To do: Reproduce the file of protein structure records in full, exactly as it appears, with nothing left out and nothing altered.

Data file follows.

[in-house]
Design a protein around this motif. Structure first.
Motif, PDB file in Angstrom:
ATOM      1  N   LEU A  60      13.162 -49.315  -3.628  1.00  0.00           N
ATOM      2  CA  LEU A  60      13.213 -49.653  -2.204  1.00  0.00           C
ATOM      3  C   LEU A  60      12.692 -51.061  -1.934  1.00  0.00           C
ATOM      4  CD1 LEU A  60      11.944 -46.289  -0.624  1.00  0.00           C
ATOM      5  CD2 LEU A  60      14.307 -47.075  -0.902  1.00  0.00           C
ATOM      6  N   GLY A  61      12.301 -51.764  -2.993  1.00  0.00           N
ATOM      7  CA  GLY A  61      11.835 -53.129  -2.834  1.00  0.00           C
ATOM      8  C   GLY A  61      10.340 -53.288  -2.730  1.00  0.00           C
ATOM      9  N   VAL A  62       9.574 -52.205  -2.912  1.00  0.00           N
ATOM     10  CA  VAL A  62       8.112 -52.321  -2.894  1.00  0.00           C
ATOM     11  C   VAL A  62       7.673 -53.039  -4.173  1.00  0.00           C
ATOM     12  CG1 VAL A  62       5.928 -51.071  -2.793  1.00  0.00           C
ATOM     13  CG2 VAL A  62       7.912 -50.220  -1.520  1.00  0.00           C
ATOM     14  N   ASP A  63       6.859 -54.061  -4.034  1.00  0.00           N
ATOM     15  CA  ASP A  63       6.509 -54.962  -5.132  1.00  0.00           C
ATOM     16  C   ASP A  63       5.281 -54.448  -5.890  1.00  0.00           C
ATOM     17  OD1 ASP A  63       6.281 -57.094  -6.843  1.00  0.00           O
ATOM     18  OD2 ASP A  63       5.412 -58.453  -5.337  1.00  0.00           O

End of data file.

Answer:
[in-house]
Design a protein around this motif. Structure first.
Motif, PDB file in Angstrom:
ATOM      1  N   LEU A  60      13.162 -49.315  -3.628  1.00  0.00           N
ATOM      2  CA  LEU A  60      13.213 -49.653  -2.204  1.00  0.00           C
ATOM      3  C   LEU A  60      12.692 -51.061  -1.934  1.00  0.00           C
ATOM      4  CD1 LEU A  60      11.944 -46.289  -0.624  1.00  0.00           C
ATOM      5  CD2 LEU A  60      14.307 -47.075  -0.902  1.00  0.00           C
ATOM      6  N   GLY A  61      12.301 -51.764  -2.993  1.00  0.00           N
ATOM      7  CA  GLY A  61      11.835 -53.129  -2.834  1.00  0.00           C
ATOM      8  C   GLY A  61      10.340 -53.288  -2.730  1.00  0.00           C
ATOM      9  N   VAL A  62       9.574 -52.205  -2.912  1.00  0.00           N
ATOM     10  CA  VAL A  62       8.112 -52.321  -2.894  1.00  0.00           C
ATOM     11  C   VAL A  62       7.673 -53.039  -4.173  1.00  0.00           C
ATOM     12  CG1 VAL A  62       5.928 -51.071  -2.793  1.00  0.00           C
ATOM     13  CG2 VAL A  62       7.912 -50.220  -1.520  1.00  0.00           C
ATOM     14  N   ASP A  63       6.859 -54.061  -4.034  1.00  0.00           N
ATOM     15  CA  ASP A  63       6.509 -54.962  -5.132  1.00  0.00           C
ATOM     16  C   ASP A  63       5.281 -54.448  -5.890  1.00  0.00           C
ATOM     17  OD1 ASP A  63       6.281 -57.094  -6.843  1.00  0.00           O
ATOM     18  OD2 ASP A  63       5.412 -58.453  -5.337  1.00  0.00           O